2018 First Watches

Renewed Appreciation: Collateral

Shorts: “The Grandmother”

  1. Taipei Story (1985, Edward Yang)
  2. Sansho the Bailiff (1954, Kenji Mizoguchi)
  3. The Hole (1998, Tsai Ming-liang)
  4. Millennium Mambo (2001, Hou Hsiao-hsien)
  5. A Man Escaped (1956, Robert Bresson)
  6. Legend of the Mountain (1979, King Hu)
  7. Insiang (1976, Lino Brocka)
  8. The Exterminating Angel (1962, Luis Buñuel)
  9. The Fate of Lee Khan (1973, King Hu)
  10. Unknown Pleasures (2002, Jia Zhangke)
  11. The Trial of Joan of Arc (1962, Robert Bresson)
  12. Western (2017, Valeska Grisebach)
  13. The Commuter (2018, Jaume Collet-Serra)
  14. Mysterious Object at Noon (2000, Apichatpong Weerasethakul)
  15. In the Midst of Life (1963, Robert Enrico)
  16. Félicité (2017, Alain Gomis)
  17. Jamaica Inn (1939, Alfred Hitchcock)
  18. Hallelujah the Hills (1963, Adolfas Mekas)
  19. Last Men in Aleppo (2017, Feras Fayyad)
  20. All the Money in the World (2017, Ridley Scott)
  21. 12 Days (2017, Raymond Depardon)

2018 Omnibus Log

001. Millennium Mambo (2001, Hou Hsiao-hsien) Laptop, Fandor 01 Jan – 8.0
002. A Man Escaped (1956, Robert Bresson@) Laptop, Blu-ray 02 Jan – 7.9 [slight]
003. Taipei Story (1985, Edward Yang) Laptop, Blu-ray 03 Jan – 8.9
004. Western (2017, Valeska Grisebach^)† Laptop, Screener 04 Jan – 6.9 [parts]
005. The Hole (1998, Tsai Ming-liang*) Laptop, DVD 05 Jan – 8.7
006. Unknown Pleasures (2002, Jia Zhangke*) Laptop, DVD 05 Jan – 7.1 [slight]
007. Legend of the Mountain (1979, King Hu) Laptop, Screener 06 Jan – 7.8 [parts]
008. Mysterious Object at Noon (2000, Apichatpong Weerasethakul*) Laptop, Blu-ray 07 Jan – 6.8 [parts]
009. Félicité (2017, Alain Gomis^) Northwest Film Forum, DP 07 Jan – 6.2 [slight]
p001. The Girl in the Café (2005, David Yates) Television, DVD (Class) 08 Jan
010. 12 Days (2017, Raymond Depardon^)† Laptop, Screener 08 Jan – 5.2 [parts]
011. The Exterminating Angel (1962, Luis Buñuel$@) Laptop, Blu-ray 08 Jan – 7.3
p002. An Autumn Afternoon (1962, Yasujiro Ozu) Laptop, FilmStruck 09 Jan
012. The Commuter (2018, Jaume Collet-Serra)† AMC Pacific Place, DP (Friend) 09 Jan – 6.9
013. The Trial of Joan of Arc (1962, Robert Bresson$@) Laptop, FilmStruck 10 Jan – 7.1
p003. The Day He Arrives (2011, Hong Sang-soo) Laptop, DVD 11 Jan
014. Hallelujah the Hills (1963, Adolfas Mekas^$) Laptop, Fandor 11 Jan – 6.0 [slight]
015. +Rear Window (1954, Alfred Hitchcock) Projector, iTunes (Club) 11 Jan – 8.9 [same]
t001. Pilot (2011, Luck) Laptop, Amazon Prime 12 Jan
016. In the Midst of Life (1963, Robert Enrico^$) Laptop, YouTube 12 Jan – 6.3 [parts]
017. All the Money in the World (2017, Ridley Scott) Regal Meridian, DP 13 Jan – 5.8
018. Last Men in Aleppo (2017, Feras Fayyad^) Laptop, Screener 14 Jan – 5.9 [intermittent]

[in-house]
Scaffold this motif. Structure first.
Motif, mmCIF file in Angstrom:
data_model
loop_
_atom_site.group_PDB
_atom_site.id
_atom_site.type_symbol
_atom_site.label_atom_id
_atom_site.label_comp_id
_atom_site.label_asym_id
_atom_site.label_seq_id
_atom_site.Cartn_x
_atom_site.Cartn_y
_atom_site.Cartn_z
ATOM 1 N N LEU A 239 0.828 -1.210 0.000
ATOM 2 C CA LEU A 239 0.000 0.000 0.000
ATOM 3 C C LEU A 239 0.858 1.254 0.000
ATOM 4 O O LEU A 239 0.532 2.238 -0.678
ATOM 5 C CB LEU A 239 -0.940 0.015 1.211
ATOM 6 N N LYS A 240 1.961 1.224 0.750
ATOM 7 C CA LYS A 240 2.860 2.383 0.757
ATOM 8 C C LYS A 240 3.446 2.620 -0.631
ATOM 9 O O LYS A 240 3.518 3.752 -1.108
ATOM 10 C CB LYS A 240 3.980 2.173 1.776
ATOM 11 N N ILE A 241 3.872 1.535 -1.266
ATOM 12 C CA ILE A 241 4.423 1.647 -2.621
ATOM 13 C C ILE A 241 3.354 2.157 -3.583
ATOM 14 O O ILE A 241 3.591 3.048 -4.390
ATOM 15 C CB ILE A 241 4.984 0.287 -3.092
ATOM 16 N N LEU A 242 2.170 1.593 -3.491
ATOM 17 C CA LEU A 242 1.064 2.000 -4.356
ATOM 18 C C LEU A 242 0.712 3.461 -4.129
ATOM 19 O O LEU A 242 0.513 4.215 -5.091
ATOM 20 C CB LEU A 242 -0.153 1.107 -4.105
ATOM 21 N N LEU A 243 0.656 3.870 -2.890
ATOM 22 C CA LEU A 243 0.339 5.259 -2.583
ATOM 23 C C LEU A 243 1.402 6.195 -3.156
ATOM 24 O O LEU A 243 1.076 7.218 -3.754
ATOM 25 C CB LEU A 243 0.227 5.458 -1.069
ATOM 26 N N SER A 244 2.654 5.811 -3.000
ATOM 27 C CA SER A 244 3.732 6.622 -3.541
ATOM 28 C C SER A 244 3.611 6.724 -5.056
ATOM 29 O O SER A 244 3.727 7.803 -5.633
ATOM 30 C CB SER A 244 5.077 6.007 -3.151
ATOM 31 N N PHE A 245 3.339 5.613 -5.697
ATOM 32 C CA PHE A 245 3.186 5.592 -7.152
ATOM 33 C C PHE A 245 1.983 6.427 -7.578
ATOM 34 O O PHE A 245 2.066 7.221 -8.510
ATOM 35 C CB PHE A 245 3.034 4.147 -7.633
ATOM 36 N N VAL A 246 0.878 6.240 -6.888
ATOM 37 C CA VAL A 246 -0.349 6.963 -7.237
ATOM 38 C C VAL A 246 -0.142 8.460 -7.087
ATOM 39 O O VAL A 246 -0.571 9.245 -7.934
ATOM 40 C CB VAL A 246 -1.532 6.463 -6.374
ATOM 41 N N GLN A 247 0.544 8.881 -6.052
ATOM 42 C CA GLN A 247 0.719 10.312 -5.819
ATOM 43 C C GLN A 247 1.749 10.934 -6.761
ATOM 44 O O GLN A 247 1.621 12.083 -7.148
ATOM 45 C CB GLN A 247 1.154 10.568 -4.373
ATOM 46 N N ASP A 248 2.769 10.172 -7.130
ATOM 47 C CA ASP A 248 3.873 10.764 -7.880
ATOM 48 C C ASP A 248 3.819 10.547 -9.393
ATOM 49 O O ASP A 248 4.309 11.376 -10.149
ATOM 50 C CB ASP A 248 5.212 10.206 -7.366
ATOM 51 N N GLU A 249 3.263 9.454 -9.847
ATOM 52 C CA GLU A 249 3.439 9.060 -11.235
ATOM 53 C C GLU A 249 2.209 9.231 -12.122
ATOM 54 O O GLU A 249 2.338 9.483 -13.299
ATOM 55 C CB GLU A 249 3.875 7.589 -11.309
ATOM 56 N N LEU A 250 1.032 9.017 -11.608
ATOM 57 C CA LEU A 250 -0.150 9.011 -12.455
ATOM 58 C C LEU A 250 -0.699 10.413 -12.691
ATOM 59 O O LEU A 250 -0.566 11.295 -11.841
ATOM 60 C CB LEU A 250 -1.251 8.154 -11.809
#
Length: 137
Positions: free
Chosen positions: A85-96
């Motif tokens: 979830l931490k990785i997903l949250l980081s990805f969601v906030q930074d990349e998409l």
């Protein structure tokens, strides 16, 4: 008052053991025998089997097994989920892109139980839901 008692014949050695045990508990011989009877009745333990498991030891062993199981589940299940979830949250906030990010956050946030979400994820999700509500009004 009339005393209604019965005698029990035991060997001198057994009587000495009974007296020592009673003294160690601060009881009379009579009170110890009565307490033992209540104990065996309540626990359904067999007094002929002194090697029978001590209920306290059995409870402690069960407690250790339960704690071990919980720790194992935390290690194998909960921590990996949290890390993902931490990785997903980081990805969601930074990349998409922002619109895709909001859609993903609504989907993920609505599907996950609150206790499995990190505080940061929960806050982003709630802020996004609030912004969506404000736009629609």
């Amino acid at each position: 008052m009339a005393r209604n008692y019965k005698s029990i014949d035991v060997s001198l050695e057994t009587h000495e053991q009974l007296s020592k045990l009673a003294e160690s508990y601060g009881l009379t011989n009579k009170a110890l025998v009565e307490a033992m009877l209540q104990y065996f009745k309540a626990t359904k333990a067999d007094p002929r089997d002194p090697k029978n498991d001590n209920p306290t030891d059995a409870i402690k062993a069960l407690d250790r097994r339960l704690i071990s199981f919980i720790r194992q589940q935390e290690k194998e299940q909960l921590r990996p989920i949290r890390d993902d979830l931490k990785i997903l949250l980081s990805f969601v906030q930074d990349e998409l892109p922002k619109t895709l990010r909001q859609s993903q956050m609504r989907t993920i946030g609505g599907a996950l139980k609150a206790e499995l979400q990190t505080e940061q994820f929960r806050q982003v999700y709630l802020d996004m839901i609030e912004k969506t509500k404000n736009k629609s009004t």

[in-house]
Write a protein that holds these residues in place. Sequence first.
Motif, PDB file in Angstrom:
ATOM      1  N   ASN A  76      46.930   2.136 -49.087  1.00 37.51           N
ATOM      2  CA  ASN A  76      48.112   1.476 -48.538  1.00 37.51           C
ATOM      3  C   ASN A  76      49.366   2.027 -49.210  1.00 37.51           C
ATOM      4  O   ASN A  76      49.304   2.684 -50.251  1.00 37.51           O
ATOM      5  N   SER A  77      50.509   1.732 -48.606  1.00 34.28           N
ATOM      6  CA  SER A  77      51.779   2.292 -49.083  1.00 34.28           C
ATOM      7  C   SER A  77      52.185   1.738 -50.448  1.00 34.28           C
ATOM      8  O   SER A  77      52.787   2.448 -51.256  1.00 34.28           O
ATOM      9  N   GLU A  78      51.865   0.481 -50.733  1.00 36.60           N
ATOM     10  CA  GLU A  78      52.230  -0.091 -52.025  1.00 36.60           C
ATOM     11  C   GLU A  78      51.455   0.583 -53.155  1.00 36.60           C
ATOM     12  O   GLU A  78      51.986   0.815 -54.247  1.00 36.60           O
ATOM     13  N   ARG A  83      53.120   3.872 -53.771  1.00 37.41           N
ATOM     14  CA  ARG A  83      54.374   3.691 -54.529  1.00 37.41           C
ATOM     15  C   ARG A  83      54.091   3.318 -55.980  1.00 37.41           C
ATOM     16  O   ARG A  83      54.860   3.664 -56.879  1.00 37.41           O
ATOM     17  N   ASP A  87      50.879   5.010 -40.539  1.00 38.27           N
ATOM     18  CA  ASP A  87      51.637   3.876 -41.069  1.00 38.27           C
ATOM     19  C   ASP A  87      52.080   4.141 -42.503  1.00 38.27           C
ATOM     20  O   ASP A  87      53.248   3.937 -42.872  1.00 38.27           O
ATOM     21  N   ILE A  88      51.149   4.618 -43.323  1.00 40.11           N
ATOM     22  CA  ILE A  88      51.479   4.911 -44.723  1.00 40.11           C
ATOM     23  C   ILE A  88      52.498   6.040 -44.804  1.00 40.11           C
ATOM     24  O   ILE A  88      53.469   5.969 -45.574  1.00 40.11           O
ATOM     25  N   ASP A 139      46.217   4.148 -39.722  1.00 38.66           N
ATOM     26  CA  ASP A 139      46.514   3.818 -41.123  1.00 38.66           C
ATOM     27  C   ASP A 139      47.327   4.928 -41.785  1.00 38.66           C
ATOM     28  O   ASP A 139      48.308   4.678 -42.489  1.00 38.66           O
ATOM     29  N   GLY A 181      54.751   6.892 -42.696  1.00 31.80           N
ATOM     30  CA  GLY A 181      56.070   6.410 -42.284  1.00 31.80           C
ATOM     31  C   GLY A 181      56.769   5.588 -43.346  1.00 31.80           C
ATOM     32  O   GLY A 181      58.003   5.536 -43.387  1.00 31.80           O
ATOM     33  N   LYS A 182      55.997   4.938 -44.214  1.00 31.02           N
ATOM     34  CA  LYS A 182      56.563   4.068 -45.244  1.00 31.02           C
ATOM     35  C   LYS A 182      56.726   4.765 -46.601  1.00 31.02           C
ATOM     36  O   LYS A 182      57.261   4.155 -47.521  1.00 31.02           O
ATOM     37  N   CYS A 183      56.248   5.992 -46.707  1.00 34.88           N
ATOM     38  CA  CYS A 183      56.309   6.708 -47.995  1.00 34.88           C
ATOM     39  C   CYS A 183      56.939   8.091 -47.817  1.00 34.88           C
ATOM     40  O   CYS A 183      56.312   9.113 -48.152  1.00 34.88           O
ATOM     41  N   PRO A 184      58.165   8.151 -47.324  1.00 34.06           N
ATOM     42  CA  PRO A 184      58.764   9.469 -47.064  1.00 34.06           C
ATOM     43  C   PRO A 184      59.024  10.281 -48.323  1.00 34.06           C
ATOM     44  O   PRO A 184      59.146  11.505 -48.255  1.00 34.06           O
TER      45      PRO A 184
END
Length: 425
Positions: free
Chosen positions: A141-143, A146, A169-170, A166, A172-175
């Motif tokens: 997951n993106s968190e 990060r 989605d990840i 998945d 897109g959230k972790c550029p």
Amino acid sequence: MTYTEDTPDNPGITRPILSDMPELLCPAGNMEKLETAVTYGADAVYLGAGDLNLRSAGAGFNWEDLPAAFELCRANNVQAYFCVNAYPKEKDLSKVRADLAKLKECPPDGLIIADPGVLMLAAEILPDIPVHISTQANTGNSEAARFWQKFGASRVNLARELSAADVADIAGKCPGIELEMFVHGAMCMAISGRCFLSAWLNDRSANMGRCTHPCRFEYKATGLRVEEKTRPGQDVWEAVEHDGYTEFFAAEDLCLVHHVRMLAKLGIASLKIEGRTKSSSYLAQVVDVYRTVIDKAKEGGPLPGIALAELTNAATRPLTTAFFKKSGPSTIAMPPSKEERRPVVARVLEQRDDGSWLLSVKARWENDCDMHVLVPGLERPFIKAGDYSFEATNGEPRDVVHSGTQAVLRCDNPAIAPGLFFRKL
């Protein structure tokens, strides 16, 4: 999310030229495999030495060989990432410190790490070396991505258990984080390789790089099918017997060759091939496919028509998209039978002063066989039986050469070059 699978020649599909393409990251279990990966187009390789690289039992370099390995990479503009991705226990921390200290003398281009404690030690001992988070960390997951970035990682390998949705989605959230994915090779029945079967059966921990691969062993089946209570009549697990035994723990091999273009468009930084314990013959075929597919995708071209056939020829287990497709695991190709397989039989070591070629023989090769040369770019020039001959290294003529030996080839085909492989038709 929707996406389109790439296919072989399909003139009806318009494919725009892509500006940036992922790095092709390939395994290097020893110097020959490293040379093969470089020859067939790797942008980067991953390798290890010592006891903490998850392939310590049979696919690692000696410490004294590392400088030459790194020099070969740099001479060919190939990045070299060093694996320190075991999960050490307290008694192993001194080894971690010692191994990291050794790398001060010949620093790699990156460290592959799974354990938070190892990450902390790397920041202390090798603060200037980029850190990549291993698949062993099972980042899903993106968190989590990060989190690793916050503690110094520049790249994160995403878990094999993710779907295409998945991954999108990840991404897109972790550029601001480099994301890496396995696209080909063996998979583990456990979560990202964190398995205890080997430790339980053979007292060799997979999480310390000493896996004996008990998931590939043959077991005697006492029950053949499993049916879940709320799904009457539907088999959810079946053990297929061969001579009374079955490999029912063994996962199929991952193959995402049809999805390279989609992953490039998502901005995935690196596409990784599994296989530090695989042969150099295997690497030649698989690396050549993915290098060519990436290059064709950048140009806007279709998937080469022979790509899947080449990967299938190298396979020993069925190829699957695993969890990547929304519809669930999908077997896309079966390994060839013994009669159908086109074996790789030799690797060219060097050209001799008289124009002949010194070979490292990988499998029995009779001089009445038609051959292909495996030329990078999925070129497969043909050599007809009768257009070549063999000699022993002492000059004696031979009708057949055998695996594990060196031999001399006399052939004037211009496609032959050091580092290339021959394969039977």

019. +Collateral (2004, Michael Mann) Laptop, Blu-ray 15 Jan – 7.4 [up from 7.2]
020. Insiang (1976, Lino Brocka^) Laptop, Blu-ray 15 Jan – 7.6
s001. Coney Island at Night (1905, Edwin S. Porter) Television, File (Class) 16 Jan – 6.2
021. The Fate of Lee Khan (1973, King Hu¢) Laptop, DVD 16 Jan – 7.3
022. Jamaica Inn (1939, Alfred Hitchcock¢) Laptop, DVD 16 Jan – 6.0 [parts]
s002. The Grandmother (1970, David Lynch) Laptop, Blu-ray 17 Jan – 7.1
023. Sansho the Bailiff (1954, Kenji Mizoguchi^$) Laptop, Blu-ray 18 Jan – 8.8

2018 Viewing Log

Millennium Mambo (2001, Hou Hsiao-hsien) – 8.0
A Man Escaped (1956, Robert Bresson) – 7.9
Taipei Story (1985, Edward Yang) – 8.9
Western (2017, Valeska Grisebach) – 6.9
The Hole (1998, Tsai Ming-liang) – 8.7
Unknown Pleasures (2002, Jia Zhangke) – 7.1
Legend of the Mountain (1979, King Hu) – 7.8
Mysterious Object at Noon (2000, Apichatpong Weerasethakul) – 6.8
Félicité (2017, Alain Gomis) DP – 6.2
12 Days (2017, Raymond Depardon) – 5.2
The Exterminating Angel (1962, Luis Buñuel) – 7.3
The Commuter (2018, Jaume Collet-Serra) DP – 6.9
The Trial of Joan of Arc (1962, Robert Bresson) – 7.1
Hallelujah the Hills (1963, Adolfas Mekas) – 6.0
+Rear Window (1954, Alfred Hitchcock) – 8.9 [same]
In the Midst of Life (1963, Robert Enrico) – 6.3
All the Money in the World (2017, Ridley Scott) DP – 5.8
Last Men in Aleppo (2017, Feras Fayyad) – 5.9
+Collateral (2004, Michael Mann) – 7.4 [up from 7.2]
Insiang (1976, Lino Brocka) – 7.6
The Fate of Lee Khan (1973, King Hu) – 7.3
Jamaica Inn (1939, Alfred Hitchcock) – 6.0
The Grandmother (1970, David Lynch)
Sansho the Bailiff (1954, Kenji Mizoguchi) – 8.8
The Servant (1963, Joseph Losey) –

Top 19 of 2017

2017 was, to put it mildly and flippantly, an utter oddity of a year in so many ways. When I look at my list, the overall quality of the films themselves was perhaps no poorer than in the monumental selections of the past two years, but there was a certain bewilderment, a malaise that put me at a distance. With the exception of Twin Peaks: The Return, there was practically no film where my love was not complicated in some way, and it seems equally due to the films as it is to the year at large.

The following list is formed from the reds, oranges, greens, and blues (plus a few more) that I have seen at time of writing that were commercially released in New York City in 2017. It is a snapshot rather than a permanent fixture.


1. On the Beach at Night Alone (Hong Sang-soo)


2. The Work (Jairus McLeary and Gethin Aldous)


3. Faces Places (Agnès Varda & JR)


4. Princess Cyd (Stephen Cone)


5. Good Time (Josh & Benny Safdie)


6. Baahubali 2: The Conclusion (S.S. Rajamouli)


7. Lady Bird (Greta Gerwig)


8. The Meyerowitz Stories (New and Selected) (Noah Baumbach)


9. Phantom Thread (Paul Thomas Anderson)


10. Resident Evil: The Final Chapter (Paul W.S. Anderson)


11. The Son of Joseph (Eugène Green)


12. 120 BPM (Beats Per Minute) (Robin Campillo)


13. Marjorie Prime (Michael Almereyda)


14. Call Me by Your Name (Luca Guadagnino)


15. The Post (Steven Spielberg)


16. Hermia & Helena (Matías Piñeiro)


17. Star Wars: The Last Jedi (Rian Johnson)


18. The Human Surge (Eduardo Williams)


19. Downsizing (Alexander Payne)

My Top 10 Discoveries During 2017 (for first-time viewings of films made before 2000)

  1. A Touch of Zen (1971, King Hu)
  2. The Terrorizers (1986, Edward Yang)